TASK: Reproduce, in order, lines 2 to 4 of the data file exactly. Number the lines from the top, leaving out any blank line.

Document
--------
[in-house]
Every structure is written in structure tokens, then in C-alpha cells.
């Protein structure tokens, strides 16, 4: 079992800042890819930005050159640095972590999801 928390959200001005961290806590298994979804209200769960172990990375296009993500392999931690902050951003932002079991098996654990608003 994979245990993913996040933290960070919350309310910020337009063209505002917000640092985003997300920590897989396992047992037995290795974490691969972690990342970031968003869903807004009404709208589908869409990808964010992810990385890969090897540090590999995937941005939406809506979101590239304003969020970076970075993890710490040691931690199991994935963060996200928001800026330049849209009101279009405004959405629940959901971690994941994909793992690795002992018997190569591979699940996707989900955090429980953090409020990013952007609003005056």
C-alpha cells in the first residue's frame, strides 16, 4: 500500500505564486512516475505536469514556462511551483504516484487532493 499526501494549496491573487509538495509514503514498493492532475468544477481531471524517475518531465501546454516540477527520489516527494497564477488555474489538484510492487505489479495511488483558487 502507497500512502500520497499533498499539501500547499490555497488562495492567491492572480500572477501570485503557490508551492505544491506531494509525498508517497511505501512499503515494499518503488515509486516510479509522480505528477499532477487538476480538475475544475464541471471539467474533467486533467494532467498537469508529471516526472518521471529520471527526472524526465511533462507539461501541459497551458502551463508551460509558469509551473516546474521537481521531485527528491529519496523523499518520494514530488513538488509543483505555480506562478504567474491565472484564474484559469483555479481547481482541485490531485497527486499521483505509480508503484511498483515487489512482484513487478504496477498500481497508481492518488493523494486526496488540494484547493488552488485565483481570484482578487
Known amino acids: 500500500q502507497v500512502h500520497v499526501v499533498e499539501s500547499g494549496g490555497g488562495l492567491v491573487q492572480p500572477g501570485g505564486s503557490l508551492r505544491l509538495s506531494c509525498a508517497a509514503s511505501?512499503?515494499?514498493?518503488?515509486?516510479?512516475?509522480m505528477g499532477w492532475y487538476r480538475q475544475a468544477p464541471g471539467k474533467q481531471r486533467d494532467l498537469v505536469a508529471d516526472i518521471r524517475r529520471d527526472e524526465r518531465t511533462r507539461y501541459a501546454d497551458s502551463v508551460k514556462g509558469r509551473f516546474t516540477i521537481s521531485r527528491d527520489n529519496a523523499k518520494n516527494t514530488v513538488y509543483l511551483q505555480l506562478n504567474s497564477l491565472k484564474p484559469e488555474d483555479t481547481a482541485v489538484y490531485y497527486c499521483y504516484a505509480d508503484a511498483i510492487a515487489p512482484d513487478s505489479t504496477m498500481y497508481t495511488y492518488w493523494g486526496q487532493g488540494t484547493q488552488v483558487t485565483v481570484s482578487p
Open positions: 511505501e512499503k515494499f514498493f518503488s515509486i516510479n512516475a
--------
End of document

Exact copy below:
Every structure is written in structure tokens, then in C-alpha cells.
């Protein structure tokens, strides 16, 4: 079992800042890819930005050159640095972590999801 928390959200001005961290806590298994979804209200769960172990990375296009993500392999931690902050951003932002079991098996654990608003 994979245990993913996040933290960070919350309310910020337009063209505002917000640092985003997300920590897989396992047992037995290795974490691969972690990342970031968003869903807004009404709208589908869409990808964010992810990385890969090897540090590999995937941005939406809506979101590239304003969020970076970075993890710490040691931690199991994935963060996200928001800026330049849209009101279009405004959405629940959901971690994941994909793992690795002992018997190569591979699940996707989900955090429980953090409020990013952007609003005056």
C-alpha cells in the first residue's frame, strides 16, 4: 500500500505564486512516475505536469514556462511551483504516484487532493 499526501494549496491573487509538495509514503514498493492532475468544477481531471524517475518531465501546454516540477527520489516527494497564477488555474489538484510492487505489479495511488483558487 502507497500512502500520497499533498499539501500547499490555497488562495492567491492572480500572477501570485503557490508551492505544491506531494509525498508517497511505501512499503515494499518503488515509486516510479509522480505528477499532477487538476480538475475544475464541471471539467474533467486533467494532467498537469508529471516526472518521471529520471527526472524526465511533462507539461501541459497551458502551463508551460509558469509551473516546474521537481521531485527528491529519496523523499518520494514530488513538488509543483505555480506562478504567474491565472484564474484559469483555479481547481482541485490531485497527486499521483505509480508503484511498483515487489512482484513487478504496477498500481497508481492518488493523494486526496488540494484547493488552488485565483481570484482578487